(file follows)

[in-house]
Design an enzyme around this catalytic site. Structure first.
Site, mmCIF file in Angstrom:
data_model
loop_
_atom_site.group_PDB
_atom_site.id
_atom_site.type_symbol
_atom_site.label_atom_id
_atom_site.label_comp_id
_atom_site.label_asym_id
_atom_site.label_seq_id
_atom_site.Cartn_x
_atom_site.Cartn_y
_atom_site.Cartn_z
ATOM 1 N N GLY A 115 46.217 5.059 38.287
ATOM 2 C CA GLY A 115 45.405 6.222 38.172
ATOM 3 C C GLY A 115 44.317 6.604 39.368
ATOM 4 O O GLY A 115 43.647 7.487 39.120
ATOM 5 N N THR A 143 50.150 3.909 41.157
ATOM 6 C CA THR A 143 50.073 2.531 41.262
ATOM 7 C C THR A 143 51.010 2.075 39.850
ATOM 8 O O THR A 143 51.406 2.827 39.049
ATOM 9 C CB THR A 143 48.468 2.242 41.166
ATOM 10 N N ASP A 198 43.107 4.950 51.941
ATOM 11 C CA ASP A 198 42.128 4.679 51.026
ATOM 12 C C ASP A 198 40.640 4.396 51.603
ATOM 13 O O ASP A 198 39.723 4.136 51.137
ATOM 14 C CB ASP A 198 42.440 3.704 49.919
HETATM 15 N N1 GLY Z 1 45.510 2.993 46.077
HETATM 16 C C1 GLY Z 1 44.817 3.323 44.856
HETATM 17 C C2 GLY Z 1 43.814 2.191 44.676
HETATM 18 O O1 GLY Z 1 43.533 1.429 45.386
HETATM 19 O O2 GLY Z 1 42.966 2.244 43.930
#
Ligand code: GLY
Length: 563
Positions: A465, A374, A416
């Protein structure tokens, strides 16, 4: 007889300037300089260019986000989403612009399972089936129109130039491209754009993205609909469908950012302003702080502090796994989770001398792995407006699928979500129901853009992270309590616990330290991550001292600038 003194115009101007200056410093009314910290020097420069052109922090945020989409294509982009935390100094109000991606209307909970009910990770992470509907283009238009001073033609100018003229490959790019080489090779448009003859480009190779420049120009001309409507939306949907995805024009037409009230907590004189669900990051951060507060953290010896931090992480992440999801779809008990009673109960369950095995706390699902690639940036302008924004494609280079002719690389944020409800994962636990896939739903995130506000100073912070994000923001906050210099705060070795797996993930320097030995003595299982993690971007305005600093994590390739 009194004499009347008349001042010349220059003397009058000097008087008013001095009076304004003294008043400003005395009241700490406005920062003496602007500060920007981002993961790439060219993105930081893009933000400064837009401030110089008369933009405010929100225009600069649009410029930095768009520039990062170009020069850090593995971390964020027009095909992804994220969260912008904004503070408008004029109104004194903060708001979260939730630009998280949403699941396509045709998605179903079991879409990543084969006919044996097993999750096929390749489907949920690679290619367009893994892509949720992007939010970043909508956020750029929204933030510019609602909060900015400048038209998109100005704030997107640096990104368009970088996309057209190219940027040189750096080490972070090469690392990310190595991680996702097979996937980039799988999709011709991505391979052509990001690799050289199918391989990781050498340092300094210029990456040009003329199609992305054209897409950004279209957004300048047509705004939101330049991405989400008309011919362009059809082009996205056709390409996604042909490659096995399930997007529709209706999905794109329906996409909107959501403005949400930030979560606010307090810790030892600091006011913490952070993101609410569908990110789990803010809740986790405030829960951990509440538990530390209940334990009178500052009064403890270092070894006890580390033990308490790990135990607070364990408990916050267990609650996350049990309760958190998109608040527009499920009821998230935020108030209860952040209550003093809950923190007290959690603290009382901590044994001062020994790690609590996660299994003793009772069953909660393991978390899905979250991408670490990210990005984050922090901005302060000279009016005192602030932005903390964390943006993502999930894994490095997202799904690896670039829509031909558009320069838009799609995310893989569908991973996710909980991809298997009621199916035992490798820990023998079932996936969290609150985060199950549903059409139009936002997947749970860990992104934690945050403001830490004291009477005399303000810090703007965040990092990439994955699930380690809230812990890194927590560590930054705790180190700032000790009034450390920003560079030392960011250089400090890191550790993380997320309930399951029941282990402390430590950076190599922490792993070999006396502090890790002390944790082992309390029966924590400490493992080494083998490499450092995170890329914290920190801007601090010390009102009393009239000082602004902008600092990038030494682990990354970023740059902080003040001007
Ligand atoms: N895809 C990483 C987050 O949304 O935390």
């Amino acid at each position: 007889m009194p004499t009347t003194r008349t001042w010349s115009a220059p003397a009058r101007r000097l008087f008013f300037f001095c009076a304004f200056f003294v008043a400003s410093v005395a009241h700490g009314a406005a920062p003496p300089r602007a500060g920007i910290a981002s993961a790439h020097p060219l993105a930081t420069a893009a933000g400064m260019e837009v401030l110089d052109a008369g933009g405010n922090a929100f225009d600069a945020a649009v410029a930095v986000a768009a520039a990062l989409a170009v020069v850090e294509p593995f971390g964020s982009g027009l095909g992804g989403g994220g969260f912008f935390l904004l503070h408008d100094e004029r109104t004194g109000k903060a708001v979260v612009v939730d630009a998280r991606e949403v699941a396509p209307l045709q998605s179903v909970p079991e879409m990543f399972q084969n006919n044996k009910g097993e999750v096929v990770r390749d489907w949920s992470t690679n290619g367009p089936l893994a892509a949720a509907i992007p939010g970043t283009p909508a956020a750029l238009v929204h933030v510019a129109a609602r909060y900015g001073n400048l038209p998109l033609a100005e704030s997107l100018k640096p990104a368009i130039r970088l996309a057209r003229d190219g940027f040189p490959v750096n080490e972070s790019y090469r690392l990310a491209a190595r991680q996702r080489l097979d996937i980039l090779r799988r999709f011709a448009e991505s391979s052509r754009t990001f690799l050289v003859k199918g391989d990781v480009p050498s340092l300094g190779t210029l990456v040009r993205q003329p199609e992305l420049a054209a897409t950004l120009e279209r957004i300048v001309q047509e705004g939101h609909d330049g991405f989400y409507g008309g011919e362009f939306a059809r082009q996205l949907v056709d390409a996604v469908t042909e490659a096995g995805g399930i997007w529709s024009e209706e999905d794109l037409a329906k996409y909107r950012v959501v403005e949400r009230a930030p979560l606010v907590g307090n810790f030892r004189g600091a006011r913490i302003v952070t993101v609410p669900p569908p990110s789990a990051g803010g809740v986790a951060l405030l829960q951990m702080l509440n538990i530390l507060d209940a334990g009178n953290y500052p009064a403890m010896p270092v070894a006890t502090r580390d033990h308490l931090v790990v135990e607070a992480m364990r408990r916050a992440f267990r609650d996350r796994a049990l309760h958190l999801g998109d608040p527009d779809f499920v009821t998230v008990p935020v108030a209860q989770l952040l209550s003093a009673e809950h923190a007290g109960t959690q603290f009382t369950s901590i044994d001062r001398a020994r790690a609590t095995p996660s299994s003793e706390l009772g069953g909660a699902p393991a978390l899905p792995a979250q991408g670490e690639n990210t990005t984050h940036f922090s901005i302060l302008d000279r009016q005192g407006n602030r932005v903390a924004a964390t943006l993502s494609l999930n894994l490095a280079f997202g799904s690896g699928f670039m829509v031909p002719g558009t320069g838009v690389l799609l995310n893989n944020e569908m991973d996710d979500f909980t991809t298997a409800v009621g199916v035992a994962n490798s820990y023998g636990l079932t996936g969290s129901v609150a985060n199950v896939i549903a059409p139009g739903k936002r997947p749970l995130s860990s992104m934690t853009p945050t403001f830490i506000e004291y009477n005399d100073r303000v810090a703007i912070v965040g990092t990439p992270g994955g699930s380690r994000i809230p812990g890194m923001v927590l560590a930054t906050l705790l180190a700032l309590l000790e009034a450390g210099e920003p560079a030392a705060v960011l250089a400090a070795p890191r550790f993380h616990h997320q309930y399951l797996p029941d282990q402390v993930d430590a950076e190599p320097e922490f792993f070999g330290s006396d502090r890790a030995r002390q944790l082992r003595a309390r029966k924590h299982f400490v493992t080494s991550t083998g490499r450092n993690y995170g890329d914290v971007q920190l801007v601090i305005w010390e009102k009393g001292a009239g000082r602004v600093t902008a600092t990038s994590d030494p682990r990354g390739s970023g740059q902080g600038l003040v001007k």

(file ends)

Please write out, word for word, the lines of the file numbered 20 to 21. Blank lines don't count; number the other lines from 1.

ATOM 5 N N THR A 143 50.150 3.909 41.157
ATOM 6 C CA THR A 143 50.073 2.531 41.262